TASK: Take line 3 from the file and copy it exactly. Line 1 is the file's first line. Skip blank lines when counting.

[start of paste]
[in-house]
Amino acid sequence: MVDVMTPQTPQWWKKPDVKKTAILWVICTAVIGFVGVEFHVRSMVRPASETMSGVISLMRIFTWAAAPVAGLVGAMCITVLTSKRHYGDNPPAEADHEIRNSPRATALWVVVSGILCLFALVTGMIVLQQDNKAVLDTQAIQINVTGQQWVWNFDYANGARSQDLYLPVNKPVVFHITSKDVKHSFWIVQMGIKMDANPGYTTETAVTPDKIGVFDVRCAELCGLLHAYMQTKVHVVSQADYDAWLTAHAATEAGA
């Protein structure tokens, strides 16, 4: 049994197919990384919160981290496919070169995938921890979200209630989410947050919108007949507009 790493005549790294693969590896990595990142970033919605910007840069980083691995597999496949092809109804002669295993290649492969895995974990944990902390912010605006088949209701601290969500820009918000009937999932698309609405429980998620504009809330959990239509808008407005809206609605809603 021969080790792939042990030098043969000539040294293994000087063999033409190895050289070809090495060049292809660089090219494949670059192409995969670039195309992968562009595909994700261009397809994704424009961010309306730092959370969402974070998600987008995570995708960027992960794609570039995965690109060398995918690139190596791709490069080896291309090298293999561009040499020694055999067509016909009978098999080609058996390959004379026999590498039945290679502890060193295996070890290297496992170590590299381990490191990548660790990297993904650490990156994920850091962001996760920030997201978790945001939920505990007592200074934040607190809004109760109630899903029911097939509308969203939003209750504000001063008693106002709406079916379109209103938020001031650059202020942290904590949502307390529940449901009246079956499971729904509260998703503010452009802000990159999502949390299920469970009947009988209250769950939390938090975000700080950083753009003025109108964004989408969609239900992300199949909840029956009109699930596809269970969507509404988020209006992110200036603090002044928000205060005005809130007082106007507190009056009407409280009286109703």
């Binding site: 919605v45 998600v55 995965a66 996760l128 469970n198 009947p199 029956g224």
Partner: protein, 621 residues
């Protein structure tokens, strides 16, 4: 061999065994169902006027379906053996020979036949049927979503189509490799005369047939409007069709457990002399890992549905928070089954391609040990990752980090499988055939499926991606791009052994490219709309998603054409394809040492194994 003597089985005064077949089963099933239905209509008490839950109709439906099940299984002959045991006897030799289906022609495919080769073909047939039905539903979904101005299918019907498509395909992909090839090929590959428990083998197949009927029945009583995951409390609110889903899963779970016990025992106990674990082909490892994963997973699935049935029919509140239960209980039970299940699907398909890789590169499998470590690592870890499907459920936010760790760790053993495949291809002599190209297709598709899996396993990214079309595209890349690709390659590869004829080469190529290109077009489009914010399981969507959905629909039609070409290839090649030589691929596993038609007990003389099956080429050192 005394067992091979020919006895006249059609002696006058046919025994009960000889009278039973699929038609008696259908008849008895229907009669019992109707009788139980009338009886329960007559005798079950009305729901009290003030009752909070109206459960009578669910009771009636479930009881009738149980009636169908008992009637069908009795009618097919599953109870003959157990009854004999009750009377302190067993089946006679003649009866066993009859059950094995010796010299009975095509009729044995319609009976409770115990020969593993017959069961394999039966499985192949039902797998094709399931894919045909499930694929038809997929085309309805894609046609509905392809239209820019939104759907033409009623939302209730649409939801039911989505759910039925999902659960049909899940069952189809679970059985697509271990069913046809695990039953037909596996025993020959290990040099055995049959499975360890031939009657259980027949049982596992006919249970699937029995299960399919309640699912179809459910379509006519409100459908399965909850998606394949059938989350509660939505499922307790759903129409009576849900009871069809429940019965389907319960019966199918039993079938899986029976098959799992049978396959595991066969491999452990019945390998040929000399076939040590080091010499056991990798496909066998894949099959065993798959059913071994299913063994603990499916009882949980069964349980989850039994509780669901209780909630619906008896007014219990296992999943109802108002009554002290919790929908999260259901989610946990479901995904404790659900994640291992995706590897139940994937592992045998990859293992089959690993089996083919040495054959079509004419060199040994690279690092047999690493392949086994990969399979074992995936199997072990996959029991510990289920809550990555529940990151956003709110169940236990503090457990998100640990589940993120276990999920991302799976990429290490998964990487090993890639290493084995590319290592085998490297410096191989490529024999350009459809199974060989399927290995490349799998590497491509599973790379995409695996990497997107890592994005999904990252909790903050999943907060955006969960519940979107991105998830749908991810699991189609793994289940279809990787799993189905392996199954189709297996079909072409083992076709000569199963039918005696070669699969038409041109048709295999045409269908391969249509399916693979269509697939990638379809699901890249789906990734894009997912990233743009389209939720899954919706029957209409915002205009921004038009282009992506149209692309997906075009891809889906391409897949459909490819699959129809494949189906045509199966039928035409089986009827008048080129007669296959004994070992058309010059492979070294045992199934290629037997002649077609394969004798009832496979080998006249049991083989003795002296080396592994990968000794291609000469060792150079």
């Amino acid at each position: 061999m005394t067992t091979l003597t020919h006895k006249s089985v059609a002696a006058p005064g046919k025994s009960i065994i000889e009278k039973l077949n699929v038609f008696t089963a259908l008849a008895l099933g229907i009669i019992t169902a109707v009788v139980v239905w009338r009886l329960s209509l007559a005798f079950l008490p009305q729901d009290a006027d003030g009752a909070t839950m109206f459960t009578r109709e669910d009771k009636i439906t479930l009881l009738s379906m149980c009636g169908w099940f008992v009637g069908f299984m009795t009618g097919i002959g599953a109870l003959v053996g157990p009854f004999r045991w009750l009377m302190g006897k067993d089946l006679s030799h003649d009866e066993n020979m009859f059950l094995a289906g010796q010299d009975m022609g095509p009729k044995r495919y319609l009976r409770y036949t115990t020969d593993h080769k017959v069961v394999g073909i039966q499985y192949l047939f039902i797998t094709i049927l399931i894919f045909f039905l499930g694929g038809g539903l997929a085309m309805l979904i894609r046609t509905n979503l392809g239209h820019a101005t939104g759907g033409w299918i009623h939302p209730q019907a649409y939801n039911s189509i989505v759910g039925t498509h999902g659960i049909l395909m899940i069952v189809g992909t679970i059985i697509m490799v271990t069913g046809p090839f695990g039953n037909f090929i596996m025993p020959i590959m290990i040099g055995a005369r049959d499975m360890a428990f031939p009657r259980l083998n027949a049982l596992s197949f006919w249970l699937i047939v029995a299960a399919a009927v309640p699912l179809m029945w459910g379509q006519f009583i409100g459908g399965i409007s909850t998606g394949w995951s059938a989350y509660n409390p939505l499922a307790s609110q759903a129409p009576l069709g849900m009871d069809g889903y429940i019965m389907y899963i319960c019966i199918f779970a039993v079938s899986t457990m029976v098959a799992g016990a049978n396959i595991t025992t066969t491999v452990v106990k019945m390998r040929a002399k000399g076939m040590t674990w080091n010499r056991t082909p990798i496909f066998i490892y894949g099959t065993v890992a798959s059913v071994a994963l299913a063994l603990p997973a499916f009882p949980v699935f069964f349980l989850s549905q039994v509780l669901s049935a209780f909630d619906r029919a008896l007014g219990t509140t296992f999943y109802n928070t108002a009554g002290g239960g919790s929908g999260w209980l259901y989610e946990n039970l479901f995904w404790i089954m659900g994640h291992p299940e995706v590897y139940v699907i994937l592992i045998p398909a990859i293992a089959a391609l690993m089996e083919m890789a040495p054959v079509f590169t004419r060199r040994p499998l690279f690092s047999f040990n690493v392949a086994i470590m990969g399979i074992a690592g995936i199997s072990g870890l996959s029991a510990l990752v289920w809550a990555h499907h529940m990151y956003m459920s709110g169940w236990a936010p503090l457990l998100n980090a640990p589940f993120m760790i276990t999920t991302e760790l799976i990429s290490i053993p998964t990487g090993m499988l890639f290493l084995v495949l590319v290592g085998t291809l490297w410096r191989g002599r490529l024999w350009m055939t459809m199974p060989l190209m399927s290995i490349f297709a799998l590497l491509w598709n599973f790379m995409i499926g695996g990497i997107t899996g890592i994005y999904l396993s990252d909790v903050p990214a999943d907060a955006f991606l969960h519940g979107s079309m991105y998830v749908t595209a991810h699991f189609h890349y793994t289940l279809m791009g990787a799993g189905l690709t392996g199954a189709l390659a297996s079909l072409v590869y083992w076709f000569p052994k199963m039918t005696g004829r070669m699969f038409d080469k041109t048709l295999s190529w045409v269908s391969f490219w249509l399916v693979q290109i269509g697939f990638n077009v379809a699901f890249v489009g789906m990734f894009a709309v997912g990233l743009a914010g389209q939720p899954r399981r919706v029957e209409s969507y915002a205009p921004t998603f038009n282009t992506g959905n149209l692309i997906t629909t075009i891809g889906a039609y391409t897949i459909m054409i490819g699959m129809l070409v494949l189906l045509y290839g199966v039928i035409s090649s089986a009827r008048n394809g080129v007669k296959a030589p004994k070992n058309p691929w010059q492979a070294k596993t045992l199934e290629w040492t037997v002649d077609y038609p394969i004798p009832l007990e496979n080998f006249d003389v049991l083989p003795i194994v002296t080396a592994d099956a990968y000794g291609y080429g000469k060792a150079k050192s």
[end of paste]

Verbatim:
């Protein structure tokens, strides 16, 4: 049994197919990384919160981290496919070169995938921890979200209630989410947050919108007949507009 790493005549790294693969590896990595990142970033919605910007840069980083691995597999496949092809109804002669295993290649492969895995974990944990902390912010605006088949209701601290969500820009918000009937999932698309609405429980998620504009809330959990239509808008407005809206609605809603 021969080790792939042990030098043969000539040294293994000087063999033409190895050289070809090495060049292809660089090219494949670059192409995969670039195309992968562009595909994700261009397809994704424009961010309306730092959370969402974070998600987008995570995708960027992960794609570039995965690109060398995918690139190596791709490069080896291309090298293999561009040499020694055999067509016909009978098999080609058996390959004379026999590498039945290679502890060193295996070890290297496992170590590299381990490191990548660790990297993904650490990156994920850091962001996760920030997201978790945001939920505990007592200074934040607190809004109760109630899903029911097939509308969203939003209750504000001063008693106002709406079916379109209103938020001031650059202020942290904590949502307390529940449901009246079956499971729904509260998703503010452009802000990159999502949390299920469970009947009988209250769950939390938090975000700080950083753009003025109108964004989408969609239900992300199949909840029956009109699930596809269970969507509404988020209006992110200036603090002044928000205060005005809130007082106007507190009056009407409280009286109703």